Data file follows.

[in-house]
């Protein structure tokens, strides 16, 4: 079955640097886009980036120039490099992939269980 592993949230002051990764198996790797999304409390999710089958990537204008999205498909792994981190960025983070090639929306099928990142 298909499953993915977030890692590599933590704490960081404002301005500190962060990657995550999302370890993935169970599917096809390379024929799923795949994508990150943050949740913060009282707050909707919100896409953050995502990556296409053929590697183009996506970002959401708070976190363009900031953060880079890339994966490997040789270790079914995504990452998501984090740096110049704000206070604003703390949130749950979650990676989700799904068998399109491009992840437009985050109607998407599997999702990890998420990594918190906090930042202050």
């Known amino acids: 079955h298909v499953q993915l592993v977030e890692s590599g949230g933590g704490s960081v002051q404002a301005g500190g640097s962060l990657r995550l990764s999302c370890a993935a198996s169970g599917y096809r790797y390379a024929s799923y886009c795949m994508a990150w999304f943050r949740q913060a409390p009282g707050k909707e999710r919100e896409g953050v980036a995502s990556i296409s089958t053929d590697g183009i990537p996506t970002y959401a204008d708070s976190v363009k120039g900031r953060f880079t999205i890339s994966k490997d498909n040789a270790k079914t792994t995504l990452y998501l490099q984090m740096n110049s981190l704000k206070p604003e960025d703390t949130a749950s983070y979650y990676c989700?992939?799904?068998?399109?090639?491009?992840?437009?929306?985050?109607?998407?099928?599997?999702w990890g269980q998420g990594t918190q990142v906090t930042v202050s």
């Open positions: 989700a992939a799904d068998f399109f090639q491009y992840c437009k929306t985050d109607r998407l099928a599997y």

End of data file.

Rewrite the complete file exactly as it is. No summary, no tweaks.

[in-house]
């Protein structure tokens, strides 16, 4: 079955640097886009980036120039490099992939269980 592993949230002051990764198996790797999304409390999710089958990537204008999205498909792994981190960025983070090639929306099928990142 298909499953993915977030890692590599933590704490960081404002301005500190962060990657995550999302370890993935169970599917096809390379024929799923795949994508990150943050949740913060009282707050909707919100896409953050995502990556296409053929590697183009996506970002959401708070976190363009900031953060880079890339994966490997040789270790079914995504990452998501984090740096110049704000206070604003703390949130749950979650990676989700799904068998399109491009992840437009985050109607998407599997999702990890998420990594918190906090930042202050």
């Known amino acids: 079955h298909v499953q993915l592993v977030e890692s590599g949230g933590g704490s960081v002051q404002a301005g500190g640097s962060l990657r995550l990764s999302c370890a993935a198996s169970g599917y096809r790797y390379a024929s799923y886009c795949m994508a990150w999304f943050r949740q913060a409390p009282g707050k909707e999710r919100e896409g953050v980036a995502s990556i296409s089958t053929d590697g183009i990537p996506t970002y959401a204008d708070s976190v363009k120039g900031r953060f880079t999205i890339s994966k490997d498909n040789a270790k079914t792994t995504l990452y998501l490099q984090m740096n110049s981190l704000k206070p604003e960025d703390t949130a749950s983070y979650y990676c989700?992939?799904?068998?399109?090639?491009?992840?437009?929306?985050?109607?998407?099928?599997?999702w990890g269980q998420g990594t918190q990142v906090t930042v202050s």
């Open positions: 989700a992939a799904d068998f399109f090639q491009y992840c437009k929306t985050d109607r998407l099928a599997y």